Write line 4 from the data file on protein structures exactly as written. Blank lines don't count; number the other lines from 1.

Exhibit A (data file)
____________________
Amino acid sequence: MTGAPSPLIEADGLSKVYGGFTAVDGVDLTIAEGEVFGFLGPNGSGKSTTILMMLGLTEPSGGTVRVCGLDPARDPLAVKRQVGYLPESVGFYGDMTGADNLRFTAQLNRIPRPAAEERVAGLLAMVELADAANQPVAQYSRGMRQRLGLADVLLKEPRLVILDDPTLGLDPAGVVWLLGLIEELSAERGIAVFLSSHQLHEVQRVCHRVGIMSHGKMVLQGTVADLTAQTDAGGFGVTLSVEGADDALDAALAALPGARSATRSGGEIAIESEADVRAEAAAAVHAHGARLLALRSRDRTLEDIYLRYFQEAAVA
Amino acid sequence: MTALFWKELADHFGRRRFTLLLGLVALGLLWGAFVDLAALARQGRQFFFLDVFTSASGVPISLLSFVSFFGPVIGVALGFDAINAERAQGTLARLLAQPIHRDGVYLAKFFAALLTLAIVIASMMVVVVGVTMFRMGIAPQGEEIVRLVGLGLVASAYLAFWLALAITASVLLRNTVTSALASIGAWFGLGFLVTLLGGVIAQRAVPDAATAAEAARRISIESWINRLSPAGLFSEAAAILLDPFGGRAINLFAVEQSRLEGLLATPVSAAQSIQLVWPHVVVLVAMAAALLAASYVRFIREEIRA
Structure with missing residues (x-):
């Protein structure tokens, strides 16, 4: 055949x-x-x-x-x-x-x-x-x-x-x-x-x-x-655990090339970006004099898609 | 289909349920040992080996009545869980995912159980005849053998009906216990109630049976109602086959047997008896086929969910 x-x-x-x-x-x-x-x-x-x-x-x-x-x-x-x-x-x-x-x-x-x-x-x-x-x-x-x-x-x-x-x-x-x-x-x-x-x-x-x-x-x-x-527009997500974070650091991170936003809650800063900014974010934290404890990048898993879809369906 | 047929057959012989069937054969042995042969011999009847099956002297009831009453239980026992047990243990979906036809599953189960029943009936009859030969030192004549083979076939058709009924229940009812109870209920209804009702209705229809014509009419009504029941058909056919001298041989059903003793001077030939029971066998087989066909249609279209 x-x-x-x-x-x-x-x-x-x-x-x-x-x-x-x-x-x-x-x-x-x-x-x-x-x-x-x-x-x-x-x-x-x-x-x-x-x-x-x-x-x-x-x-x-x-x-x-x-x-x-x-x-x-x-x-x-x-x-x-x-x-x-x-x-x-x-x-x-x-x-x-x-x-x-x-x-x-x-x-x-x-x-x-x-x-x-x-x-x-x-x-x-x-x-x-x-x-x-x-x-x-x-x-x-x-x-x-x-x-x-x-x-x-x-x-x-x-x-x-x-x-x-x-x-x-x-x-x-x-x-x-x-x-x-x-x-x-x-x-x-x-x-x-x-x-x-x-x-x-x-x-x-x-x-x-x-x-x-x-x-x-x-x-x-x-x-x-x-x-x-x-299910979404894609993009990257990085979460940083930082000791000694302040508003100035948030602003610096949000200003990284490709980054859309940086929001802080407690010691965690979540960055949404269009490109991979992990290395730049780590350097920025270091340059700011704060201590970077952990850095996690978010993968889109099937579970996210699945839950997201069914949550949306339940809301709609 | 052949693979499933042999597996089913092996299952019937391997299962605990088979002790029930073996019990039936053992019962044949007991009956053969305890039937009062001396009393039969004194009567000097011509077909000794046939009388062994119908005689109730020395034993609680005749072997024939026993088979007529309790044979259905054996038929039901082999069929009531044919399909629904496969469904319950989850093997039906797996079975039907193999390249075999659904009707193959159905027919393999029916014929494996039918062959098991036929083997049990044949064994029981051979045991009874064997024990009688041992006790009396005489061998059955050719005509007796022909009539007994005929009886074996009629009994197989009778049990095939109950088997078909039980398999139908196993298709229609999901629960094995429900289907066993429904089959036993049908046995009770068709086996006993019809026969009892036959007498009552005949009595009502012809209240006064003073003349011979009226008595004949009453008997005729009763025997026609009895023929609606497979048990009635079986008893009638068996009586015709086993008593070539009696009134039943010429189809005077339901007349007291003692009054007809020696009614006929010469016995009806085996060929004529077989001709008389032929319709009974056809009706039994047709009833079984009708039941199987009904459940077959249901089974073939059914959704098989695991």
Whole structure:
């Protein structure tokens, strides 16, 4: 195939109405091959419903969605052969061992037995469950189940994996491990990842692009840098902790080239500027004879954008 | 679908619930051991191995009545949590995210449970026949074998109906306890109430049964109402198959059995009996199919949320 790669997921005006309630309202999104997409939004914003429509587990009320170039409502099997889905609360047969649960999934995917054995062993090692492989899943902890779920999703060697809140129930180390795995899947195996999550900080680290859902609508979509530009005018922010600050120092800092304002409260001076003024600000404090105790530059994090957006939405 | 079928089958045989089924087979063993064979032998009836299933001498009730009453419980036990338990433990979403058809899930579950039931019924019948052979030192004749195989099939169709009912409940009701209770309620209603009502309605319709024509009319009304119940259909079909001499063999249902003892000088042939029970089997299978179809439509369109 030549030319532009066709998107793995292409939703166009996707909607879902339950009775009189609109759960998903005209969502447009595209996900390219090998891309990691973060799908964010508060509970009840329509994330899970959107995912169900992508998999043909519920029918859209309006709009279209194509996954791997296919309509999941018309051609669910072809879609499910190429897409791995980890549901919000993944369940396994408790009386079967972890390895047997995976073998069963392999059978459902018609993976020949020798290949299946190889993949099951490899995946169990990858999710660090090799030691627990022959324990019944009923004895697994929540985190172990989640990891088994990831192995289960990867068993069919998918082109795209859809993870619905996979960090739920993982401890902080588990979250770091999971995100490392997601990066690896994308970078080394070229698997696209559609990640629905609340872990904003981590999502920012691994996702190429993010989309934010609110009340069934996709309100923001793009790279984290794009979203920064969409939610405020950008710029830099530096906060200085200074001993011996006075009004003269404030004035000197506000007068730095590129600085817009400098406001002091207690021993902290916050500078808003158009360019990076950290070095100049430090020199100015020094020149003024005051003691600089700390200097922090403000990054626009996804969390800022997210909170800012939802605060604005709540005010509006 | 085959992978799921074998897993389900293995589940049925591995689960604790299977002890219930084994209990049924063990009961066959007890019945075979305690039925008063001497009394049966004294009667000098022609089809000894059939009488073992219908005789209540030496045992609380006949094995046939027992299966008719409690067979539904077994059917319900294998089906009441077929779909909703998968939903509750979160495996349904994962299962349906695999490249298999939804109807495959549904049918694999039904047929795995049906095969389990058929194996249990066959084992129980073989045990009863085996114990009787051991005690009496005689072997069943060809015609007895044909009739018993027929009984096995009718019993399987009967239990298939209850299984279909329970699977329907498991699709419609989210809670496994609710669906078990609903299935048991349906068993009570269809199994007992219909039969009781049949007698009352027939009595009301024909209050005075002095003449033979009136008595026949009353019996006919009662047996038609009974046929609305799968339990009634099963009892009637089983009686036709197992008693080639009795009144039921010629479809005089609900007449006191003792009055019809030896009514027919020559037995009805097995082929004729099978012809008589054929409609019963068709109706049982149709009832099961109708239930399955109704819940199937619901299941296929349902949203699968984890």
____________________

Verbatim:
């Protein structure tokens, strides 16, 4: 055949x-x-x-x-x-x-x-x-x-x-x-x-x-x-655990090339970006004099898609 | 289909349920040992080996009545869980995912159980005849053998009906216990109630049976109602086959047997008896086929969910 x-x-x-x-x-x-x-x-x-x-x-x-x-x-x-x-x-x-x-x-x-x-x-x-x-x-x-x-x-x-x-x-x-x-x-x-x-x-x-x-x-x-x-527009997500974070650091991170936003809650800063900014974010934290404890990048898993879809369906 | 047929057959012989069937054969042995042969011999009847099956002297009831009453239980026992047990243990979906036809599953189960029943009936009859030969030192004549083979076939058709009924229940009812109870209920209804009702209705229809014509009419009504029941058909056919001298041989059903003793001077030939029971066998087989066909249609279209 x-x-x-x-x-x-x-x-x-x-x-x-x-x-x-x-x-x-x-x-x-x-x-x-x-x-x-x-x-x-x-x-x-x-x-x-x-x-x-x-x-x-x-x-x-x-x-x-x-x-x-x-x-x-x-x-x-x-x-x-x-x-x-x-x-x-x-x-x-x-x-x-x-x-x-x-x-x-x-x-x-x-x-x-x-x-x-x-x-x-x-x-x-x-x-x-x-x-x-x-x-x-x-x-x-x-x-x-x-x-x-x-x-x-x-x-x-x-x-x-x-x-x-x-x-x-x-x-x-x-x-x-x-x-x-x-x-x-x-x-x-x-x-x-x-x-x-x-x-x-x-x-x-x-x-x-x-x-x-x-x-x-x-x-x-x-x-x-x-x-x-x-299910979404894609993009990257990085979460940083930082000791000694302040508003100035948030602003610096949000200003990284490709980054859309940086929001802080407690010691965690979540960055949404269009490109991979992990290395730049780590350097920025270091340059700011704060201590970077952990850095996690978010993968889109099937579970996210699945839950997201069914949550949306339940809301709609 | 052949693979499933042999597996089913092996299952019937391997299962605990088979002790029930073996019990039936053992019962044949007991009956053969305890039937009062001396009393039969004194009567000097011509077909000794046939009388062994119908005689109730020395034993609680005749072997024939026993088979007529309790044979259905054996038929039901082999069929009531044919399909629904496969469904319950989850093997039906797996079975039907193999390249075999659904009707193959159905027919393999029916014929494996039918062959098991036929083997049990044949064994029981051979045991009874064997024990009688041992006790009396005489061998059955050719005509007796022909009539007994005929009886074996009629009994197989009778049990095939109950088997078909039980398999139908196993298709229609999901629960094995429900289907066993429904089959036993049908046995009770068709086996006993019809026969009892036959007498009552005949009595009502012809209240006064003073003349011979009226008595004949009453008997005729009763025997026609009895023929609606497979048990009635079986008893009638068996009586015709086993008593070539009696009134039943010429189809005077339901007349007291003692009054007809020696009614006929010469016995009806085996060929004529077989001709008389032929319709009974056809009706039994047709009833079984009708039941199987009904459940077959249901089974073939059914959704098989695991």